The sticking point on the payroll tax-cut revolves around how the initiative should be funded.  Democrats are supportive of an increase in the taxes on the wealthy while Republicans remain opposed to any tax increases.

As of the publication of this post, the United States Congress has failed to extend the 2011 temporary reduction in payroll taxes.  If no agreement is reached by year end, approximately 160 million American workers will take home less money from their paychecks beginning in January.

Much like the harrowing tax negotiations that occurred at the end of 2010, the political wrangling of 2011 is continuing right through to the end of the year.  In 2010, Congress passed a temporary reduction in employees’ payroll taxes, reducing the amount of social security that is withheld.  This reduction resulted in about $20 of extra take home pay per week for an employee earning $50,000 per year.  Without an extension of the payroll tax cut, that extra take home pay will be eliminated and a “tax increase” will occur.

There are many year end tax decisions that can save you and your family money.  Call the lawyers at Kohler & Smith Co., LPA today to discuss what alternatives could be beneficial for you!

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The Estate of Steve Jobs: Will it be Taxed?

Much has been written about the death of Apple founder Steve Jobs over the past days.  One area that has received increased attention is the estate planning done by Jobs, his attorneys, his accounts, and other professionals before his death.  Forbes columnist, Deborah L. Jacobs, has recently expounded upon this topic in further detail accompanying her prediction that Steve Jobs’s estate will not pay any estate tax.

While most people are not billionaires like Steve Jobs, all families can benefit from quality estate planning.  Whether aiming to avoid probate, limit (or eliminate, potentially, in Steve Jobs’s case) estate taxes, ensure that your assets will be passed on to those you choose, support charities, or a whole host of other goals, estate planning is a good idea for each and every adult.  Estate planning is not a “one size fits all” undertaking.  By meeting with a trusted estate planning attorney, clients can maximize their goals and create plans that are specifically tailored to their needs and desires.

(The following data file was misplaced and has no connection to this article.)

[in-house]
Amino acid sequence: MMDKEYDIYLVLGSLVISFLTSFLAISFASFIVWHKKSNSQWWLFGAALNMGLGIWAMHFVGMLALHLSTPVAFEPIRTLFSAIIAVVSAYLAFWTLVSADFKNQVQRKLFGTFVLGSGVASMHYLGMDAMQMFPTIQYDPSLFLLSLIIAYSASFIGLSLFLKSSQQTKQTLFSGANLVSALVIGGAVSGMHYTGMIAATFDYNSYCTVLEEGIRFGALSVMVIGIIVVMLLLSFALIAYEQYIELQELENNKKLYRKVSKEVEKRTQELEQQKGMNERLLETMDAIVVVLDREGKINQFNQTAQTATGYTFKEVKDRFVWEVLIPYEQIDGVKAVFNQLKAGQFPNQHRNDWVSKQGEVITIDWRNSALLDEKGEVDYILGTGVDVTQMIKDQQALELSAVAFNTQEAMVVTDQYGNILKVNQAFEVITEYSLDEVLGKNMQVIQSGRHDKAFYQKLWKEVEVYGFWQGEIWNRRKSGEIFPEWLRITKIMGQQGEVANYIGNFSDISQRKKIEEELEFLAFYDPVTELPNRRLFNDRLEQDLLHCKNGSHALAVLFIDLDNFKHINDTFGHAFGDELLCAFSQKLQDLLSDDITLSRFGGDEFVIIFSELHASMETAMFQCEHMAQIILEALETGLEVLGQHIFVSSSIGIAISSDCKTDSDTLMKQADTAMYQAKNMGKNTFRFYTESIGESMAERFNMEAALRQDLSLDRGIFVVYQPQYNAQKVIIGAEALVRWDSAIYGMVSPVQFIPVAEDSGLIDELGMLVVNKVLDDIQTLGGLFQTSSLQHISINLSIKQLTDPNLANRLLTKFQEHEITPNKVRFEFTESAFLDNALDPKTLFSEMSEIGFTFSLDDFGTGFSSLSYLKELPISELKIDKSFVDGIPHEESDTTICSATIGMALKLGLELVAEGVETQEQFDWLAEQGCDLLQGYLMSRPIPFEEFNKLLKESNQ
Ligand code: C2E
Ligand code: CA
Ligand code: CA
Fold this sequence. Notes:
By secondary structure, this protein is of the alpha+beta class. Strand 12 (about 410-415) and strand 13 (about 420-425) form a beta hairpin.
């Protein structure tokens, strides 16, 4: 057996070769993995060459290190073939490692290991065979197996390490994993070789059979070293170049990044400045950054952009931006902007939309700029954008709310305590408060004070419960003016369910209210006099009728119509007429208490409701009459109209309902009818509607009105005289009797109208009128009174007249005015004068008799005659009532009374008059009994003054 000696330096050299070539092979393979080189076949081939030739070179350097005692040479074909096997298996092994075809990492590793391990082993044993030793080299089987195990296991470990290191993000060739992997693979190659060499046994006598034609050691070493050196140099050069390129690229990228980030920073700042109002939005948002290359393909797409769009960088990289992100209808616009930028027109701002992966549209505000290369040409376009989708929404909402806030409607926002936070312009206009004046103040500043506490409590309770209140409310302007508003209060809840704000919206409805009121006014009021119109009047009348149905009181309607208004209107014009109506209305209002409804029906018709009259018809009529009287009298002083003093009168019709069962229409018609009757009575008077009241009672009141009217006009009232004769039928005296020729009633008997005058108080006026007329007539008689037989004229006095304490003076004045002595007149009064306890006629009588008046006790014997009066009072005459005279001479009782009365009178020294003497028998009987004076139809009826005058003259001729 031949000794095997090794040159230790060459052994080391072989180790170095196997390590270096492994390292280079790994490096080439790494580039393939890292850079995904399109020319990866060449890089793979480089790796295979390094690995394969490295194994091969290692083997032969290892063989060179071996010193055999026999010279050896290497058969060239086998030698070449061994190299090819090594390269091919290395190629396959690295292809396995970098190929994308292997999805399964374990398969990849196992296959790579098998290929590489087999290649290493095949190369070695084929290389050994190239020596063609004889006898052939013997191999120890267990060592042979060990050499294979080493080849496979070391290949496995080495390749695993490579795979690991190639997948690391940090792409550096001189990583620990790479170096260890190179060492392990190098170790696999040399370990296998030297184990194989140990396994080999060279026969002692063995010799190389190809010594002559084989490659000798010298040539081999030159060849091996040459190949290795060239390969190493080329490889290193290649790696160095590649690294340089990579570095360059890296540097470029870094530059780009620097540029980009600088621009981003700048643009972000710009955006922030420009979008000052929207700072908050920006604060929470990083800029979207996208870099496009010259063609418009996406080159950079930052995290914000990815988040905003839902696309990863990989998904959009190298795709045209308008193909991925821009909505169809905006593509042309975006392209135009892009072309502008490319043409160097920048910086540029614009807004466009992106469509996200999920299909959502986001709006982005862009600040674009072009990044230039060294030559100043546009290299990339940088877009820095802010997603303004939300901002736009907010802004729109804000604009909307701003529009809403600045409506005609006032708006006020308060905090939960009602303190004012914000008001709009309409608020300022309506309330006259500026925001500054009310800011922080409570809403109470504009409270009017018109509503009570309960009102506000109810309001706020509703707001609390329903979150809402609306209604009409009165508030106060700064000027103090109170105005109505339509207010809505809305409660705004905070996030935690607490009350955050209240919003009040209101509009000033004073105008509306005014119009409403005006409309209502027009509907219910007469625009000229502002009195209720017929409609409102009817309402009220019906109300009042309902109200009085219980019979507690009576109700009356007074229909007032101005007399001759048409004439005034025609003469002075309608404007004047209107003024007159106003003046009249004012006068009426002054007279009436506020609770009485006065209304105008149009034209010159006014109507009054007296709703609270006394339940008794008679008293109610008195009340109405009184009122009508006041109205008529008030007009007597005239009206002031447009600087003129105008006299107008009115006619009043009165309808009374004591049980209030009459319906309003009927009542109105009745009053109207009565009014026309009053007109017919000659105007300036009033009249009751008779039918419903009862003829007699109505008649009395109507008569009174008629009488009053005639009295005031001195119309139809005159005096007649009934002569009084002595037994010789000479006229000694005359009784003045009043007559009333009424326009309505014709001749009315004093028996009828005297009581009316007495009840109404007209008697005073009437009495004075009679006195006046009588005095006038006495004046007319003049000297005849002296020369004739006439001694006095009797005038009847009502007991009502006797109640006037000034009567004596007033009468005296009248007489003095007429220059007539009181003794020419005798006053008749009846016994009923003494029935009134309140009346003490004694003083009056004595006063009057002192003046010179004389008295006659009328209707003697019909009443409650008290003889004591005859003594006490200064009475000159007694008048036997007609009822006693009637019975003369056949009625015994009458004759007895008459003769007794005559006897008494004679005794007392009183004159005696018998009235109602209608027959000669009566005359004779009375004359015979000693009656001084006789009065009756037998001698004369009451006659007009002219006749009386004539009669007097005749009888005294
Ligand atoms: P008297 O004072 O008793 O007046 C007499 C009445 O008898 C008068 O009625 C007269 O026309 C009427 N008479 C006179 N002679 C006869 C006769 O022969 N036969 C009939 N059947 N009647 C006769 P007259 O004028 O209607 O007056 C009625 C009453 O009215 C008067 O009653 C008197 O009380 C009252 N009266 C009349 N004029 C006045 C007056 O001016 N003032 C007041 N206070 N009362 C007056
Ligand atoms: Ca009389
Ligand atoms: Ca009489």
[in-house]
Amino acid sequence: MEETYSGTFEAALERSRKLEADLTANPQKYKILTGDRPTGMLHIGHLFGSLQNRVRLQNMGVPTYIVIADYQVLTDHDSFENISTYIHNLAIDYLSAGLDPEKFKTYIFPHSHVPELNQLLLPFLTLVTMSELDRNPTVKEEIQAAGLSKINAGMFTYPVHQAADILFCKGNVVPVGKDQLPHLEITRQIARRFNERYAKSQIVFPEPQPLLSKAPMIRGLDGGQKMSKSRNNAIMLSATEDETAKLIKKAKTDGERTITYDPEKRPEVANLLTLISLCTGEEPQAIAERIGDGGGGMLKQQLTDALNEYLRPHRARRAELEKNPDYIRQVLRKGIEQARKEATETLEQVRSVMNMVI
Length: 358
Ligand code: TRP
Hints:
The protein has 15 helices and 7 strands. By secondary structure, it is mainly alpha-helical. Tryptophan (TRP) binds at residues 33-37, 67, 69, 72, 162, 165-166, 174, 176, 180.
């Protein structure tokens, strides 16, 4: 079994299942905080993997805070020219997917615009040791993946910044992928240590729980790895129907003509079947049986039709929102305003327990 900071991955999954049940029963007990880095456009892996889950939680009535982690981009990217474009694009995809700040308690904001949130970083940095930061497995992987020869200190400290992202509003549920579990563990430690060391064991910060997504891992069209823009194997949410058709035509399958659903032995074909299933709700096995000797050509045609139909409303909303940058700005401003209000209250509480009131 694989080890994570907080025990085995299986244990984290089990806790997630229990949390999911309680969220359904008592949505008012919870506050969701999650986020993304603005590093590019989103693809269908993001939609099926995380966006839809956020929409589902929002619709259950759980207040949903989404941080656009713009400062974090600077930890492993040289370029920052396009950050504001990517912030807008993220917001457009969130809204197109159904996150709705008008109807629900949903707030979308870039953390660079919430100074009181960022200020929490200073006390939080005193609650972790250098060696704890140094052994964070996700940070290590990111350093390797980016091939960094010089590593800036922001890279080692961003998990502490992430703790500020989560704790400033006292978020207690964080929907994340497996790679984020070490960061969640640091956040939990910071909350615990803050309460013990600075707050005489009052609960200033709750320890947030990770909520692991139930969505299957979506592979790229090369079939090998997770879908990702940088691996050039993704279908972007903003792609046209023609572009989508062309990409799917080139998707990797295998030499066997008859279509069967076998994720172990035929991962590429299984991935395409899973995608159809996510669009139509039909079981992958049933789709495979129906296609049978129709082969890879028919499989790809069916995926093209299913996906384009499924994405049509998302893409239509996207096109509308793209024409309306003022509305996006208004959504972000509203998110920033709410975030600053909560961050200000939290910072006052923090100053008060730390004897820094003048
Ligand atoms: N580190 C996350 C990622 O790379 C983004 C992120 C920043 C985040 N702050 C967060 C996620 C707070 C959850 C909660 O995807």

If you have been putting off your estate planning, call (614) 888-4911 today to speak with one of Kohler & Smith Co., LPA’s estate planning attorneys or visit us on the web at for more information.

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2,000th Page View!

Kohler & Smith’s Legal Blog is excited to have received its 2,000th page view since its inception!  August of 2011 was the busiest traffic month since the blog was launched last September.  Be sure to check back periodically for all of your legal and tax related news and information.

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Franklin County Issues First Countywide Property Reappraisal in Six Years

Last week, Franklin County Auditor, Clarence Mingo, issued the first countywide property reappraisals in six years.  To the pleasure (or ire) of many Franklin County homeowners, property values in central Ohio dropped considerably.  Of Franklin County’s 376,383 residential properties, values dropped in 6.7 percent of the properties from 2005 to 2011.  With over 75 percent of property values declining, Franklin County property owners now must cope with the fallout.

Much to the surprise of some, 19 percent of Franklin County property owners actually saw their property values increase.  To address discrepancies and disputes, Franklin County is offering 17 review sessions scheduled  through September 29.  For those property owners who challenge the new proposed valuation, decisions will be rendered sometime before the end of the year – just in time for the tax bills to be mailed at the end of December.  For those who think that the valuations are arbitrary, the Franklin County Auditor’s office has stated that it took 39 county appraisers two years to examine each parcel in the county.

Taxpayers who are either unable or choose not to utilize the review sessions over the next month, the Franklin County Board of Revision will begin the appeals process on January 3, 2012.  Property appraisers in central Ohio are busy working with property owners and many are unable to schedule new appraisals for at least two weeks.

If you or your family have recently had your property reappraised and you would like help challenging the the new auditor’s proposed value, contact the attorneys at Kohler & Smith Co., LPA today.